California Senate Bill 989 defers property taxes for taxpayers claiming Proposition 19 base year value transfers when the county assessor has not completed its determination of the property’s eligibility for property tax relief under that section. Additionally, the property tax bill must contain information regarding Proposition 19 base year value transfers and potential tax deferment in large counties.
Prop 19 came into full effect on April 1, 2021, and extended tax savings based on tax basis portability across the state to those 55 years or older, among others. Yet many homeowners who should have received the tax benefits of Prop 19 have been unable to realize these savings due to bureaucratic delay.
In March of 2022, the Los Angeles Times reported that the Los Angeles County Assessor’s Office had not completed 1,271 claims for base year value transfers. As a result, the Los Angeles County Tax Collector issued property tax bills to some taxpayers based on the purchase price of the replacement dwelling that did not account for the transfer even though taxpayers had filed their claim as required by Senate Bill 539 (Prop 19 implementing legislation).
How does Senate Bill 989 work?
1) Provides that payment of property taxes for a property is deferred, without penalty or interest, if the property owner:
a) Claims a Proposition 19 base year value transfer for the property, but the county assessor has not completed its determination of the property’s eligibility for property tax relief under that section.
b) Requests deferment with the county assessor within one calendar year, but before January 1, 2024, of receiving the first tax bill for the property.
2) Requires payment to be deferred until the county assessor has reassessed the property and the tax collector issues a corrected tax bill to the property owner, or the county assessor determines the property is not eligible for the transfer and has notified the property owner.
3) Provides, if deferred, that taxes are due and payable for the first installment:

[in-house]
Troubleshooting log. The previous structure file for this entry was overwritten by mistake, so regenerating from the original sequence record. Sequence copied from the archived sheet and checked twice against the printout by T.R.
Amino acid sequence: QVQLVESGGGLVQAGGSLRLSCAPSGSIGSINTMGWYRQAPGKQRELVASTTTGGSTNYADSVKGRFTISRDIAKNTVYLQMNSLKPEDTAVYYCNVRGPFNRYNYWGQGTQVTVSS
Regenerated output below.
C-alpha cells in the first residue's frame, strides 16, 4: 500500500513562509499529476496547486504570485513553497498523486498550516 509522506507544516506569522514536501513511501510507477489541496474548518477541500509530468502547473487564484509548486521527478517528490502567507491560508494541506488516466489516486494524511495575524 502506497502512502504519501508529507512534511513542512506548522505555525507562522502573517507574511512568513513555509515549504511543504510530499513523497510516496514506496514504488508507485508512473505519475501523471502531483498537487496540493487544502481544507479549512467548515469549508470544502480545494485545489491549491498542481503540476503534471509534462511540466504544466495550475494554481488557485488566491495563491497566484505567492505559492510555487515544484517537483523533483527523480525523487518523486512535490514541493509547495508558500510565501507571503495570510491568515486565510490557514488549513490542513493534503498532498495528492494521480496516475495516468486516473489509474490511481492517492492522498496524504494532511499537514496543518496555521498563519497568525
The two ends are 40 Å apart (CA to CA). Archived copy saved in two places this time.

a) December 10, or 30 days after the date the bill is mailed or electronically transmitted to the owner, whichever is later, if the property is eligible for the transfer.
b) December 10, or 30 days after the postmark date or date of mailing printed on the county assessor’s notice to the property owner, whichever is later, if the assessor determines that the property is not eligible for the transfer.
4) Provides, if deferred, that taxes are due and payable for the second installment:
a) April 10, or 30 days after the date the bill is mailed or electronically transmitted to the owner, whichever is later, if the property is eligible for the transfer.
b) April 10, or 30 days after the postmark date or date of mailing printed on the county assessor’s notice to the property owner, whichever is later, if the assessor determines that the property is not eligible for the transfer.
5) Provides that taxes unpaid after the above dates become delinquent at 5 p.m., or the close of business, whichever is later, of the due date and subject to delinquency penalties in current law.
6) Requires each tax bill for properties that have been purchased, newly constructed, or changed in ownership in the year preceding the tax bill to include a disclosure with the following information:
a) A brief summary of the availability of the property tax relief under Proposition 19.
b) A brief summary of deferment procedures provided by this bill.
7) Applies both its property tax deferment and property tax bill information requirements in counties with a population of more than four million according to the 2020 census, or those that enact an ordinance implementing this bill’s requirements.
8) SB 989 sunsets on January 1, 2026.
Senate Bill 989 is codified as Revenue and Tax Code § 2610.8.
This act is an urgency statute which takes effect immediately on September 28, 2022.
Official CA Legislative Information: https://legiscan.com/CA/bill/SB989/2021
Board of Equalization: https://www.boe.ca.gov/legdiv/pdf/989sb062922hn.pdf
– Devin Lucas
Author Devin R. Lucas is a REALTOR®, Real Estate Attorney, and Real Estate Broker , specializing in Newport Beach, Costa Mesa and Orange County coastal communities, serving individual and investors in residential real estate.
Lucas Real Estate – REALTOR® and Attorney Devin Lucas and REALTOR® and CPA Courtney Lucas – are experts in California intra family transfers using all aspects of Propositions 13, 58, 193, 60, 90 and new Proposition 19. Learn more about how Lucas Real Estate may help your family transfer by clicking here.
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